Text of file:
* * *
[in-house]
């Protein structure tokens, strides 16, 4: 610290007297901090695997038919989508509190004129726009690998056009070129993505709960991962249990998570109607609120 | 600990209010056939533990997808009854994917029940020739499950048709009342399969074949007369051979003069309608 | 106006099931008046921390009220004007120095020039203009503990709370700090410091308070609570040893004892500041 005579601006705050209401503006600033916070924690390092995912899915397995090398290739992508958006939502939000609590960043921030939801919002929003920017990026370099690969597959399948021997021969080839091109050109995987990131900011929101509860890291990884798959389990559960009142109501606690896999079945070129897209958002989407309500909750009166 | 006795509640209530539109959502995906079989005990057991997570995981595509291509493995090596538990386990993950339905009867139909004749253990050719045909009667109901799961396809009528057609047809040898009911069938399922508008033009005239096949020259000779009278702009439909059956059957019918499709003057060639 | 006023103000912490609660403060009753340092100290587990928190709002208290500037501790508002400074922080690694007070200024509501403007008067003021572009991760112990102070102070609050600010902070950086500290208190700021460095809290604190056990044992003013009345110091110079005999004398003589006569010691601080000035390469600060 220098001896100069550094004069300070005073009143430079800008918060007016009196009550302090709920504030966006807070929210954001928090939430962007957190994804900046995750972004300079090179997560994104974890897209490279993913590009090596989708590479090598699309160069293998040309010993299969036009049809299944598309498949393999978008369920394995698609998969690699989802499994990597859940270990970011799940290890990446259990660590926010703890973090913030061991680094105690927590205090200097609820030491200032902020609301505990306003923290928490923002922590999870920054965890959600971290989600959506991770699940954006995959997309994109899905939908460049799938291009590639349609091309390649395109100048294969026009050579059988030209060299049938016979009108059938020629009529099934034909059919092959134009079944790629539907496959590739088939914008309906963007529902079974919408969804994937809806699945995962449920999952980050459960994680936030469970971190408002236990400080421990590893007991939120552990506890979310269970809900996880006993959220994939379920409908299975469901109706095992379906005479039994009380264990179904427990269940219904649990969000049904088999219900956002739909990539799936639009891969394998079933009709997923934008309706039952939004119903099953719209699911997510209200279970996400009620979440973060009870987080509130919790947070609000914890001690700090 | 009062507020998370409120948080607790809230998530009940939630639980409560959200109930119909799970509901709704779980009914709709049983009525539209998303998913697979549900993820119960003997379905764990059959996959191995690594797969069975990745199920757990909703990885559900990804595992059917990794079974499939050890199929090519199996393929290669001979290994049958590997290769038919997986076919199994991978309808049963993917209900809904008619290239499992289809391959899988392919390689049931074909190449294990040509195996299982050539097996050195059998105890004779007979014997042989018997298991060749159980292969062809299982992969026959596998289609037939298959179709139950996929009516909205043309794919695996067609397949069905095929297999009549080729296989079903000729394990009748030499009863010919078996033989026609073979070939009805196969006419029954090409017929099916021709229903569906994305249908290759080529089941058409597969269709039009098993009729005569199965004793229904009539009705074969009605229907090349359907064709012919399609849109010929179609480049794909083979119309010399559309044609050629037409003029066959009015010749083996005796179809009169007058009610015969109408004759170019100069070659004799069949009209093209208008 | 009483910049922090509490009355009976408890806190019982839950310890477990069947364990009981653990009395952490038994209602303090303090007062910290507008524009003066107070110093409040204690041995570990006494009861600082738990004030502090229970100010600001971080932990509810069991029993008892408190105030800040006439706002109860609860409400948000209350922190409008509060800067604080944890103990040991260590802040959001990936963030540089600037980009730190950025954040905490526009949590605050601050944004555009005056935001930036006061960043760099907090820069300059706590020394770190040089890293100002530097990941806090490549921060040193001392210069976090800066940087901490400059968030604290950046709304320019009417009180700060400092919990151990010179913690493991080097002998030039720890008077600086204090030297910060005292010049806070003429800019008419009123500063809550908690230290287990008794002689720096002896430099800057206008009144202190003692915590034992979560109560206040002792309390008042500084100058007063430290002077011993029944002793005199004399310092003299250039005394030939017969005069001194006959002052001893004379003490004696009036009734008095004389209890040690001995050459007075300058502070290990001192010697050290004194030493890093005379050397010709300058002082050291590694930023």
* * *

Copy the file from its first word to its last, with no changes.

[in-house]
């Protein structure tokens, strides 16, 4: 610290007297901090695997038919989508509190004129726009690998056009070129993505709960991962249990998570109607609120 | 600990209010056939533990997808009854994917029940020739499950048709009342399969074949007369051979003069309608 | 106006099931008046921390009220004007120095020039203009503990709370700090410091308070609570040893004892500041 005579601006705050209401503006600033916070924690390092995912899915397995090398290739992508958006939502939000609590960043921030939801919002929003920017990026370099690969597959399948021997021969080839091109050109995987990131900011929101509860890291990884798959389990559960009142109501606690896999079945070129897209958002989407309500909750009166 | 006795509640209530539109959502995906079989005990057991997570995981595509291509493995090596538990386990993950339905009867139909004749253990050719045909009667109901799961396809009528057609047809040898009911069938399922508008033009005239096949020259000779009278702009439909059956059957019918499709003057060639 | 006023103000912490609660403060009753340092100290587990928190709002208290500037501790508002400074922080690694007070200024509501403007008067003021572009991760112990102070102070609050600010902070950086500290208190700021460095809290604190056990044992003013009345110091110079005999004398003589006569010691601080000035390469600060 220098001896100069550094004069300070005073009143430079800008918060007016009196009550302090709920504030966006807070929210954001928090939430962007957190994804900046995750972004300079090179997560994104974890897209490279993913590009090596989708590479090598699309160069293998040309010993299969036009049809299944598309498949393999978008369920394995698609998969690699989802499994990597859940270990970011799940290890990446259990660590926010703890973090913030061991680094105690927590205090200097609820030491200032902020609301505990306003923290928490923002922590999870920054965890959600971290989600959506991770699940954006995959997309994109899905939908460049799938291009590639349609091309390649395109100048294969026009050579059988030209060299049938016979009108059938020629009529099934034909059919092959134009079944790629539907496959590739088939914008309906963007529902079974919408969804994937809806699945995962449920999952980050459960994680936030469970971190408002236990400080421990590893007991939120552990506890979310269970809900996880006993959220994939379920409908299975469901109706095992379906005479039994009380264990179904427990269940219904649990969000049904088999219900956002739909990539799936639009891969394998079933009709997923934008309706039952939004119903099953719209699911997510209200279970996400009620979440973060009870987080509130919790947070609000914890001690700090 | 009062507020998370409120948080607790809230998530009940939630639980409560959200109930119909799970509901709704779980009914709709049983009525539209998303998913697979549900993820119960003997379905764990059959996959191995690594797969069975990745199920757990909703990885559900990804595992059917990794079974499939050890199929090519199996393929290669001979290994049958590997290769038919997986076919199994991978309808049963993917209900809904008619290239499992289809391959899988392919390689049931074909190449294990040509195996299982050539097996050195059998105890004779007979014997042989018997298991060749159980292969062809299982992969026959596998289609037939298959179709139950996929009516909205043309794919695996067609397949069905095929297999009549080729296989079903000729394990009748030499009863010919078996033989026609073979070939009805196969006419029954090409017929099916021709229903569906994305249908290759080529089941058409597969269709039009098993009729005569199965004793229904009539009705074969009605229907090349359907064709012919399609849109010929179609480049794909083979119309010399559309044609050629037409003029066959009015010749083996005796179809009169007058009610015969109408004759170019100069070659004799069949009209093209208008 | 009483910049922090509490009355009976408890806190019982839950310890477990069947364990009981653990009395952490038994209602303090303090007062910290507008524009003066107070110093409040204690041995570990006494009861600082738990004030502090229970100010600001971080932990509810069991029993008892408190105030800040006439706002109860609860409400948000209350922190409008509060800067604080944890103990040991260590802040959001990936963030540089600037980009730190950025954040905490526009949590605050601050944004555009005056935001930036006061960043760099907090820069300059706590020394770190040089890293100002530097990941806090490549921060040193001392210069976090800066940087901490400059968030604290950046709304320019009417009180700060400092919990151990010179913690493991080097002998030039720890008077600086204090030297910060005292010049806070003429800019008419009123500063809550908690230290287990008794002689720096002896430099800057206008009144202190003692915590034992979560109560206040002792309390008042500084100058007063430290002077011993029944002793005199004399310092003299250039005394030939017969005069001194006959002052001893004379003490004696009036009734008095004389209890040690001995050459007075300058502070290990001192010697050290004194030493890093005379050397010709300058002082050291590694930023």